The Men of Sodom

“The men of the city, the men of Sodom, both young and old, all the people to the last man, surrounded the house. And they called to Lot, ‘Where are the men who came to you tonight? Bring them out to us, that we may know them’” (Gen. 19:4-5).

- Genesis 19:4–5

Both Lot and Abraham proved themselves to be good hosts in feeding their angelic visitors, but the similarity between these two meetings ends there. Abraham was able to provide a leisurely supper of bread, curds and milk, and meat (Gen. 18:6–8) while his nephew served unleavened bread (19:3b), a staple produced when food is required posthaste. The need for the angels to eat so soon after coming to Lot’s home is another omen that all is not well in Sodom.

Today’s passage confirms this conclusion. Lot’s plea for the angels to stay with him (v. 3a) is shown to be borne out of fear for their safety as the men in the city surround his house and demand “to know” his guests (vv. 4–5). “To know” is sometimes a euphemism for sexual intercourse, and thus we see Sodom’s intent is to rape Lot’s visitors.

The depth of Sodom’s corruption is plainly revealed in this vile order. “All the people” in the city implore Lot to help them satisfy their urges, thereby showing that Abraham’s nephew is the last bastion of righteousness in Sodom. Not even the ancient pagan societies surrounding Sodom tolerated homosexual rape. Such violations, for example, carried the death penalty in Assyria.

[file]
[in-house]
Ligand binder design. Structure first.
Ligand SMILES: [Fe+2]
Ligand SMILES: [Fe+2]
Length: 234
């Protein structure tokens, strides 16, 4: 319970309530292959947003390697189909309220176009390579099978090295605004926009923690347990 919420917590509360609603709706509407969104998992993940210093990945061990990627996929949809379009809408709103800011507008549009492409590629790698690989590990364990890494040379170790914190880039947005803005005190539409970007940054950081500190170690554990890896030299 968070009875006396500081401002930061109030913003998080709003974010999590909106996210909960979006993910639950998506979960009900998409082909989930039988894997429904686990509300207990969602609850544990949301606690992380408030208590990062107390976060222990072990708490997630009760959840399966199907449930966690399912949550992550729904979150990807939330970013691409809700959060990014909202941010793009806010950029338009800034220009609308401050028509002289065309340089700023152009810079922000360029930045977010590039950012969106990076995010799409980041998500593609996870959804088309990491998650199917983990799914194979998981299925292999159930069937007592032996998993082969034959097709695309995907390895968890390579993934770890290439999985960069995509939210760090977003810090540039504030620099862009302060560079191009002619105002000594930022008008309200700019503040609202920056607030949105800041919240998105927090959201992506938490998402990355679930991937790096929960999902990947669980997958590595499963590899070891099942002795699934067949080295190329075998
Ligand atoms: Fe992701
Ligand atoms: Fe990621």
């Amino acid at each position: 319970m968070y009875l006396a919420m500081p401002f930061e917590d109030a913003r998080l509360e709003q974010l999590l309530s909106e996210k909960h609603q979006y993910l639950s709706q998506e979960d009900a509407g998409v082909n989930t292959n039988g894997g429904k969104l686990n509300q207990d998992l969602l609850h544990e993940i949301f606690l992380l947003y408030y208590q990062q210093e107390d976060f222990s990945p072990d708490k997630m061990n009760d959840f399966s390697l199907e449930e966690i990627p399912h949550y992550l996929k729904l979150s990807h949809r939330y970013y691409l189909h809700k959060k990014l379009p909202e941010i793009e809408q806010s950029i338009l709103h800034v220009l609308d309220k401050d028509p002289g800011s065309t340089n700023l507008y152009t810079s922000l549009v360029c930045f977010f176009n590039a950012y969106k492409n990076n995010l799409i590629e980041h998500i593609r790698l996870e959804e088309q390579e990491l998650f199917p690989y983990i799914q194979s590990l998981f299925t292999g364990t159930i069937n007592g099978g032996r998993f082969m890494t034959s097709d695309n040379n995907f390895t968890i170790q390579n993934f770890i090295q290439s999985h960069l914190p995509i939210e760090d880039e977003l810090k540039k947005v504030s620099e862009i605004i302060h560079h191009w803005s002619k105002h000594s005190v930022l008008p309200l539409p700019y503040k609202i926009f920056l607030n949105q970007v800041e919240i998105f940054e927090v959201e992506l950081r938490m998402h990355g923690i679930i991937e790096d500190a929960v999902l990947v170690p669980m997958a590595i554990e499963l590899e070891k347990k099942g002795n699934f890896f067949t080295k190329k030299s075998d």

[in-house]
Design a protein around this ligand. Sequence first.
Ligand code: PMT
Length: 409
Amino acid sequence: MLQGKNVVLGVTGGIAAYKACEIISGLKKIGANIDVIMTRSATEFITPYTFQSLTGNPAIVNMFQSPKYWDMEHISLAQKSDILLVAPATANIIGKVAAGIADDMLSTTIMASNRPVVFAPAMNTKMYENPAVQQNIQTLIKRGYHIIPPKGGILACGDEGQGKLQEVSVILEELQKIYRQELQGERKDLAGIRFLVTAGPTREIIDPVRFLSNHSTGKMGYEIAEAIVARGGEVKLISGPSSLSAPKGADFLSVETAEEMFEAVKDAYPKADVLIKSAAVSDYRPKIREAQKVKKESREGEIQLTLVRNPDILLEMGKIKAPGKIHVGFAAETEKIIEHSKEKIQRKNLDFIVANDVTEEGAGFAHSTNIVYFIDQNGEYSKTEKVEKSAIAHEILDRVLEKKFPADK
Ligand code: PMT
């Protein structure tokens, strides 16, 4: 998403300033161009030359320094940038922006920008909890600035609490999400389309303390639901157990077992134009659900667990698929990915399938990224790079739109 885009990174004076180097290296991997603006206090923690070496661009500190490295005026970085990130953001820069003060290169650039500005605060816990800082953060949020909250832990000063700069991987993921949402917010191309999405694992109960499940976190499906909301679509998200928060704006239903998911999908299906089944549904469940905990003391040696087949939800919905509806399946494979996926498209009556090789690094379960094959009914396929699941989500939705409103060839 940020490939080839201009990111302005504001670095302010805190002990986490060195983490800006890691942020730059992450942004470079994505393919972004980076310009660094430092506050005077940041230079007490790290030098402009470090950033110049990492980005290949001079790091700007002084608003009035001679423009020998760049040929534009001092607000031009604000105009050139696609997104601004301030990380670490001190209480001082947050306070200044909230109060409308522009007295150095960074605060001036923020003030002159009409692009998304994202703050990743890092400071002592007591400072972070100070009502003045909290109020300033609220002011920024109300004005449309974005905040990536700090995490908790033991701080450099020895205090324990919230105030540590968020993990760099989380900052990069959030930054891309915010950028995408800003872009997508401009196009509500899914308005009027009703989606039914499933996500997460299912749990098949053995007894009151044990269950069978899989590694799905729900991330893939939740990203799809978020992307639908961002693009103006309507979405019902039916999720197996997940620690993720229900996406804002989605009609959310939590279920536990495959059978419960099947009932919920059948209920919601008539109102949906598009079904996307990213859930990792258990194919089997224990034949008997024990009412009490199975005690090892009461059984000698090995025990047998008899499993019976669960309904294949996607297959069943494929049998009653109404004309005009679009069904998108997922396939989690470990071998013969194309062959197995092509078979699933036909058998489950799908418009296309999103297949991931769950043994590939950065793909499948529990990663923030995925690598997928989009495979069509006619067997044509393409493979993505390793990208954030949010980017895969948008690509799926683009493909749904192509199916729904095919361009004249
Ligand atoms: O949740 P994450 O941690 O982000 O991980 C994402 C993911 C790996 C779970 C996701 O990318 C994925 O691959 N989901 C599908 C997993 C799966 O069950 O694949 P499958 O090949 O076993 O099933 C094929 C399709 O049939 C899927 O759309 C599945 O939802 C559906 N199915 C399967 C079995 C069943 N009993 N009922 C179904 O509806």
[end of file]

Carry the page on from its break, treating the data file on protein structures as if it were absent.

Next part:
Sodom has transgressed even the bounds of decency set by their ungodly neighbors. In their total lack of shame they have embraced homosexuality and sexual violence. This is a warning for societies trying to remove the stigma of sexual sin. John Calvin cautions us that “when the sense of shame is overcome, and the reins are given to lust, a vile and outrageous barbarism necessarily succeeds.”

Many scholars friendly to the liberalization of sexual morality will say the central sin of Sodom was inhospitality and not homosexuality. We answer them in two ways. First, the Sodomites did sin in being inhospitable, but rape is nothing if not inhospitable. Second, even if this text serves to emphasize the inhospitality of the Sodomites, it does not make homosexual acts any less condemnable. Scripture is clear that unrepentant homosexuals are among those who will not inherit the kingdom of God (1 Cor. 6:9–10), even if the story of Sodom is ignored.

Coram Deo

Some of those reading this study today may struggle with homosexual compulsions or other sexual sins. If this is the case, know that there is freedom in Christ if you repent and mortify these desires by the Spirit. The Lord has promised to provide a way out of temptation (1 Cor. 10:13), and this involves running from places or situations where we are pressed to give in to sin and finding someone who can help bear our burdens and thus hold us accountable (Gal. 6:2).

Passages for Further Study

Gen. 39:1–12
Lev. 18:22–23
James 4:7
Rev. 22:14–15

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